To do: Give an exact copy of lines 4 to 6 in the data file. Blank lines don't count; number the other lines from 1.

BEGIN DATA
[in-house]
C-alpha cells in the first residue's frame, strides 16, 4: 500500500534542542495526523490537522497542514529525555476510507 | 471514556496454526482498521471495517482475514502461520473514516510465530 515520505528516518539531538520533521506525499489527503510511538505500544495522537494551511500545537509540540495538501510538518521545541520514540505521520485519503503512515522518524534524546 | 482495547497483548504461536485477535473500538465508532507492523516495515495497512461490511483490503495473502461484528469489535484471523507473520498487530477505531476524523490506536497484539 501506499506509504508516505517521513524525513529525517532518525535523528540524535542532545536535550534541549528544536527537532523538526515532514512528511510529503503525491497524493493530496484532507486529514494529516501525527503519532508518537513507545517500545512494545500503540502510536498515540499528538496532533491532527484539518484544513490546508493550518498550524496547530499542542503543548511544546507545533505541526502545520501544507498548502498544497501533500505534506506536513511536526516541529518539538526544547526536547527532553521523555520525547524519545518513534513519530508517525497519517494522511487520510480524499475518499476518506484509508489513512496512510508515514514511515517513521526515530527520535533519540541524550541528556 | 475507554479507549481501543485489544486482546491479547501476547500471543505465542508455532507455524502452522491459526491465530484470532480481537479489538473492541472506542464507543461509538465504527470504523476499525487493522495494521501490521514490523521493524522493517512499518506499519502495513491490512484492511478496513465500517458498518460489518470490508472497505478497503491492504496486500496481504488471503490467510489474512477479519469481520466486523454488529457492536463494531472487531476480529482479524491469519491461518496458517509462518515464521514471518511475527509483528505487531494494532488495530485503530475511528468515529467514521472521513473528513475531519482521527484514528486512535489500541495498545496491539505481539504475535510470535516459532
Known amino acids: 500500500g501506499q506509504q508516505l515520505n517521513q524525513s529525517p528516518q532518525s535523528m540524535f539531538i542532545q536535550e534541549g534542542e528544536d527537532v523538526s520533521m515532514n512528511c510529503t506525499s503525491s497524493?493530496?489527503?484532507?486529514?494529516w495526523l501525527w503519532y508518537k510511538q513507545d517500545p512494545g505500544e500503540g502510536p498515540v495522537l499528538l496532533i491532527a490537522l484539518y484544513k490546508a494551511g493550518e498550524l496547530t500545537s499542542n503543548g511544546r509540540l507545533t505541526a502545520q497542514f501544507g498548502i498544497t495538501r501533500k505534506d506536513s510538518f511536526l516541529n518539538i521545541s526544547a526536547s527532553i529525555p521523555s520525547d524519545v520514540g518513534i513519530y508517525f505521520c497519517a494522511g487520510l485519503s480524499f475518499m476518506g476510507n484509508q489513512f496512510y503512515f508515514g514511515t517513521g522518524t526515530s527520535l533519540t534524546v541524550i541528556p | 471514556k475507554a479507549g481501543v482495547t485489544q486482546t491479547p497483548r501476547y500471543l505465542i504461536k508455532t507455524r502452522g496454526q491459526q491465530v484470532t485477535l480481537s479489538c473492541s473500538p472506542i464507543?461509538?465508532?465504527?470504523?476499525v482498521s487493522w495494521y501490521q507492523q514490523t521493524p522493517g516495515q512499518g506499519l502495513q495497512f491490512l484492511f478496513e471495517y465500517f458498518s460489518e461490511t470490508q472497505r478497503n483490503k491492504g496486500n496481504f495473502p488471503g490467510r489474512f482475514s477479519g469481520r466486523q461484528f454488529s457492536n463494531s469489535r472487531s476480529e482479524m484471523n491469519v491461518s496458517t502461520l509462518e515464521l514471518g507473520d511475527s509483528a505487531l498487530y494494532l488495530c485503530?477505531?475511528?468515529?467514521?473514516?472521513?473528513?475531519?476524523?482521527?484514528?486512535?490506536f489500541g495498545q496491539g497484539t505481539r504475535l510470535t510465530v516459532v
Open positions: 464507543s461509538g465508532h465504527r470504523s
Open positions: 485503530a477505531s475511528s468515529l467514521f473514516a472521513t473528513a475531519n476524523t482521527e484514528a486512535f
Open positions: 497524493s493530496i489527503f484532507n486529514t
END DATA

Open positions: 464507543s461509538g465508532h465504527r470504523s
Open positions: 485503530a477505531s475511528s468515529l467514521f473514516a472521513t473528513a475531519n476524523t482521527e484514528a486512535f
Open positions: 497524493s493530496i489527503f484532507n486529514t